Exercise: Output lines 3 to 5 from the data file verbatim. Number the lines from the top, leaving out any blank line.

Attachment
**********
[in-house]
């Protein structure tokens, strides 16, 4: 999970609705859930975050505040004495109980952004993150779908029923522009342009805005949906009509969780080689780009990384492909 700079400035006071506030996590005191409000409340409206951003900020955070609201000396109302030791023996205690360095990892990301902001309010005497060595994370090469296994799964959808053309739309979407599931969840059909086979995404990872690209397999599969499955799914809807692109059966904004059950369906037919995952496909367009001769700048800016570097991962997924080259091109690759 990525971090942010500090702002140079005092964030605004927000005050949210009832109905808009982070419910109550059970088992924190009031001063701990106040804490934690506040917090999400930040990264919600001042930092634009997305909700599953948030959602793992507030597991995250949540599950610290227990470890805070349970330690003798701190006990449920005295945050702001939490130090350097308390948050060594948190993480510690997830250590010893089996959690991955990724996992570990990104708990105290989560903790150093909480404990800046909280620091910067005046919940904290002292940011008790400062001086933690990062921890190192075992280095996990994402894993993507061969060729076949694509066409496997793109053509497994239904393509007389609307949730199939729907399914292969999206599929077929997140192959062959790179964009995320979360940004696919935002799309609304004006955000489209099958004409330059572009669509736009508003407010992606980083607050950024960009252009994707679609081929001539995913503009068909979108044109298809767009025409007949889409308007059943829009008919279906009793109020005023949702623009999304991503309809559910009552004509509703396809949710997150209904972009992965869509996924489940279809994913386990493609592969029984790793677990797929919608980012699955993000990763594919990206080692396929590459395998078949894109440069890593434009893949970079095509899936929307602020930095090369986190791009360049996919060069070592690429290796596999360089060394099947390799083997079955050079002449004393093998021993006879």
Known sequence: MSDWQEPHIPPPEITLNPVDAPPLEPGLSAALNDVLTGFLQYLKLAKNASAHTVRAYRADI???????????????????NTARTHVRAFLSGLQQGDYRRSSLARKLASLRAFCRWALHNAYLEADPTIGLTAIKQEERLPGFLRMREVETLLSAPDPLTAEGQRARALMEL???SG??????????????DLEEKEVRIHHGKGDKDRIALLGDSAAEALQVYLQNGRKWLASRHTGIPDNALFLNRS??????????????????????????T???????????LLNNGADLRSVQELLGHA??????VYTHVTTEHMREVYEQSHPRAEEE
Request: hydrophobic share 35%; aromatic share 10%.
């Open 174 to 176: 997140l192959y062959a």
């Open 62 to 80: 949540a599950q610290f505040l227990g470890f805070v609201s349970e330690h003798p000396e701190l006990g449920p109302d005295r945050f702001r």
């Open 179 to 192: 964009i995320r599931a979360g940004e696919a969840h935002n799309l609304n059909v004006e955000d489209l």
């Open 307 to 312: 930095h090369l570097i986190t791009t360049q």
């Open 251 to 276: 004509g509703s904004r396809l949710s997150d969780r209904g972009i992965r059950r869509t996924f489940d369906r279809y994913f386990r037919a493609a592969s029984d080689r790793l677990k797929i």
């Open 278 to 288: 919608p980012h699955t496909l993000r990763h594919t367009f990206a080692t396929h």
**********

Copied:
Known sequence: MSDWQEPHIPPPEITLNPVDAPPLEPGLSAALNDVLTGFLQYLKLAKNASAHTVRAYRADI???????????????????NTARTHVRAFLSGLQQGDYRRSSLARKLASLRAFCRWALHNAYLEADPTIGLTAIKQEERLPGFLRMREVETLLSAPDPLTAEGQRARALMEL???SG??????????????DLEEKEVRIHHGKGDKDRIALLGDSAAEALQVYLQNGRKWLASRHTGIPDNALFLNRS??????????????????????????T???????????LLNNGADLRSVQELLGHA??????VYTHVTTEHMREVYEQSHPRAEEE
Request: hydrophobic share 35%; aromatic share 10%.
């Open 174 to 176: 997140l192959y062959a």